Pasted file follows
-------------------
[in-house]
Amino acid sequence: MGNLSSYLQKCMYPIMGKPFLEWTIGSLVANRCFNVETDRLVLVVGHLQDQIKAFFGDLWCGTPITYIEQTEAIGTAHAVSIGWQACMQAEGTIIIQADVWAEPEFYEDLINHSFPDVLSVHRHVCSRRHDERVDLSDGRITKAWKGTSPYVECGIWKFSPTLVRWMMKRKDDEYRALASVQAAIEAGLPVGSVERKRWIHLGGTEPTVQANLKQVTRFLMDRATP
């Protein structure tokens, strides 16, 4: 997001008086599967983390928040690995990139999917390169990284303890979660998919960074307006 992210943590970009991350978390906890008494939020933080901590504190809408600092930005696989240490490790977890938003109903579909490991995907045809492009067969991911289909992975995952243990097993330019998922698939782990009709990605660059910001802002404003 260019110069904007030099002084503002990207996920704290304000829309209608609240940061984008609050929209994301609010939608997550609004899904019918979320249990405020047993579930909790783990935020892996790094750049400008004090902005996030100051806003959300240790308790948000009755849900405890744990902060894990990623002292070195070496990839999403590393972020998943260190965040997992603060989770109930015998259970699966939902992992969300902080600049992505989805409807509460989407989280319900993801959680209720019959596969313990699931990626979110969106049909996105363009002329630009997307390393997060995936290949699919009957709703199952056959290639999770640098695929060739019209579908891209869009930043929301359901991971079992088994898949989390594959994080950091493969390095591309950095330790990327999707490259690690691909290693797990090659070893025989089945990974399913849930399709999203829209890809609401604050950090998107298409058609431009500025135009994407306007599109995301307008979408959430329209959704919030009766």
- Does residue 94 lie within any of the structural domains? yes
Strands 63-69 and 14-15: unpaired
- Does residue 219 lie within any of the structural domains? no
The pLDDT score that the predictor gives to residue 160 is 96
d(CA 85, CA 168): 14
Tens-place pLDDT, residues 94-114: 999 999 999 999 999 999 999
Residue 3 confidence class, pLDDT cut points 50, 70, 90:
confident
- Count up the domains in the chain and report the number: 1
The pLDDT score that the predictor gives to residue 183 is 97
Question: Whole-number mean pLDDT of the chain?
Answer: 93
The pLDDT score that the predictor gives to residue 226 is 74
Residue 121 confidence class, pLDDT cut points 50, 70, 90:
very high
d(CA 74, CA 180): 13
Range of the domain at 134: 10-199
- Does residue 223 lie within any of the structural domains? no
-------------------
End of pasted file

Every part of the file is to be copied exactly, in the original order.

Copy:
[in-house]
Amino acid sequence: MGNLSSYLQKCMYPIMGKPFLEWTIGSLVANRCFNVETDRLVLVVGHLQDQIKAFFGDLWCGTPITYIEQTEAIGTAHAVSIGWQACMQAEGTIIIQADVWAEPEFYEDLINHSFPDVLSVHRHVCSRRHDERVDLSDGRITKAWKGTSPYVECGIWKFSPTLVRWMMKRKDDEYRALASVQAAIEAGLPVGSVERKRWIHLGGTEPTVQANLKQVTRFLMDRATP
């Protein structure tokens, strides 16, 4: 997001008086599967983390928040690995990139999917390169990284303890979660998919960074307006 992210943590970009991350978390906890008494939020933080901590504190809408600092930005696989240490490790977890938003109903579909490991995907045809492009067969991911289909992975995952243990097993330019998922698939782990009709990605660059910001802002404003 260019110069904007030099002084503002990207996920704290304000829309209608609240940061984008609050929209994301609010939608997550609004899904019918979320249990405020047993579930909790783990935020892996790094750049400008004090902005996030100051806003959300240790308790948000009755849900405890744990902060894990990623002292070195070496990839999403590393972020998943260190965040997992603060989770109930015998259970699966939902992992969300902080600049992505989805409807509460989407989280319900993801959680209720019959596969313990699931990626979110969106049909996105363009002329630009997307390393997060995936290949699919009957709703199952056959290639999770640098695929060739019209579908891209869009930043929301359901991971079992088994898949989390594959994080950091493969390095591309950095330790990327999707490259690690691909290693797990090659070893025989089945990974399913849930399709999203829209890809609401604050950090998107298409058609431009500025135009994407306007599109995301307008979408959430329209959704919030009766």
- Does residue 94 lie within any of the structural domains? yes
Strands 63-69 and 14-15: unpaired
- Does residue 219 lie within any of the structural domains? no
The pLDDT score that the predictor gives to residue 160 is 96
d(CA 85, CA 168): 14
Tens-place pLDDT, residues 94-114: 999 999 999 999 999 999 999
Residue 3 confidence class, pLDDT cut points 50, 70, 90:
confident
- Count up the domains in the chain and report the number: 1
The pLDDT score that the predictor gives to residue 183 is 97
Question: Whole-number mean pLDDT of the chain?
Answer: 93
The pLDDT score that the predictor gives to residue 226 is 74
Residue 121 confidence class, pLDDT cut points 50, 70, 90:
very high
d(CA 74, CA 180): 13
Range of the domain at 134: 10-199
- Does residue 223 lie within any of the structural domains? no